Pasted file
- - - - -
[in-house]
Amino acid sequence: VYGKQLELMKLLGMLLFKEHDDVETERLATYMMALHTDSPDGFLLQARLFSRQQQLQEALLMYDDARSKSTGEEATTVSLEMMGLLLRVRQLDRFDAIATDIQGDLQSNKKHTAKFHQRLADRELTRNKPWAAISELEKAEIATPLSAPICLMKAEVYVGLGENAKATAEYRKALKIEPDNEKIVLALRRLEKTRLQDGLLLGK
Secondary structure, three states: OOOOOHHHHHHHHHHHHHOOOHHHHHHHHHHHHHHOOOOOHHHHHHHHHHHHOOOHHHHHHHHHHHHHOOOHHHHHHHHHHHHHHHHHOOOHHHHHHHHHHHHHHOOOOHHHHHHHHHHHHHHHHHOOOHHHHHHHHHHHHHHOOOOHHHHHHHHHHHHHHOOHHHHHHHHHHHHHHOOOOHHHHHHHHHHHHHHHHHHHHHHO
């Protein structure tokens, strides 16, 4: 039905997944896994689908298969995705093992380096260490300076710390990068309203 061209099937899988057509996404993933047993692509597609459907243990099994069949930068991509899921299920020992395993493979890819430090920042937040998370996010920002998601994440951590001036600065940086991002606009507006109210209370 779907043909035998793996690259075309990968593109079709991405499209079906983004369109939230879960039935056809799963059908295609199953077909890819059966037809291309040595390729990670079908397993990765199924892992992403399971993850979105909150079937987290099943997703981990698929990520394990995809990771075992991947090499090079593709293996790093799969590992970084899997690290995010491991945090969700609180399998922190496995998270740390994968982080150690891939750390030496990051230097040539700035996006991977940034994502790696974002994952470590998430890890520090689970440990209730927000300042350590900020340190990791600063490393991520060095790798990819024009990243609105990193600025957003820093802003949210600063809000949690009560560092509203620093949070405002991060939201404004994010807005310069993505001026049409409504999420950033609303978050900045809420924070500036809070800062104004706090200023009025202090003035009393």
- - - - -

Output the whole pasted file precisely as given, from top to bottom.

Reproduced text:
[in-house]
Amino acid sequence: VYGKQLELMKLLGMLLFKEHDDVETERLATYMMALHTDSPDGFLLQARLFSRQQQLQEALLMYDDARSKSTGEEATTVSLEMMGLLLRVRQLDRFDAIATDIQGDLQSNKKHTAKFHQRLADRELTRNKPWAAISELEKAEIATPLSAPICLMKAEVYVGLGENAKATAEYRKALKIEPDNEKIVLALRRLEKTRLQDGLLLGK
Secondary structure, three states: OOOOOHHHHHHHHHHHHHOOOHHHHHHHHHHHHHHOOOOOHHHHHHHHHHHHOOOHHHHHHHHHHHHHOOOHHHHHHHHHHHHHHHHHOOOHHHHHHHHHHHHHHOOOOHHHHHHHHHHHHHHHHHOOOHHHHHHHHHHHHHHOOOOHHHHHHHHHHHHHHOOHHHHHHHHHHHHHHOOOOHHHHHHHHHHHHHHHHHHHHHHO
């Protein structure tokens, strides 16, 4: 039905997944896994689908298969995705093992380096260490300076710390990068309203 061209099937899988057509996404993933047993692509597609459907243990099994069949930068991509899921299920020992395993493979890819430090920042937040998370996010920002998601994440951590001036600065940086991002606009507006109210209370 779907043909035998793996690259075309990968593109079709991405499209079906983004369109939230879960039935056809799963059908295609199953077909890819059966037809291309040595390729990670079908397993990765199924892992992403399971993850979105909150079937987290099943997703981990698929990520394990995809990771075992991947090499090079593709293996790093799969590992970084899997690290995010491991945090969700609180399998922190496995998270740390994968982080150690891939750390030496990051230097040539700035996006991977940034994502790696974002994952470590998430890890520090689970440990209730927000300042350590900020340190990791600063490393991520060095790798990819024009990243609105990193600025957003820093802003949210600063809000949690009560560092509203620093949070405002991060939201404004994010807005310069993505001026049409409504999420950033609303978050900045809420924070500036809070800062104004706090200023009025202090003035009393």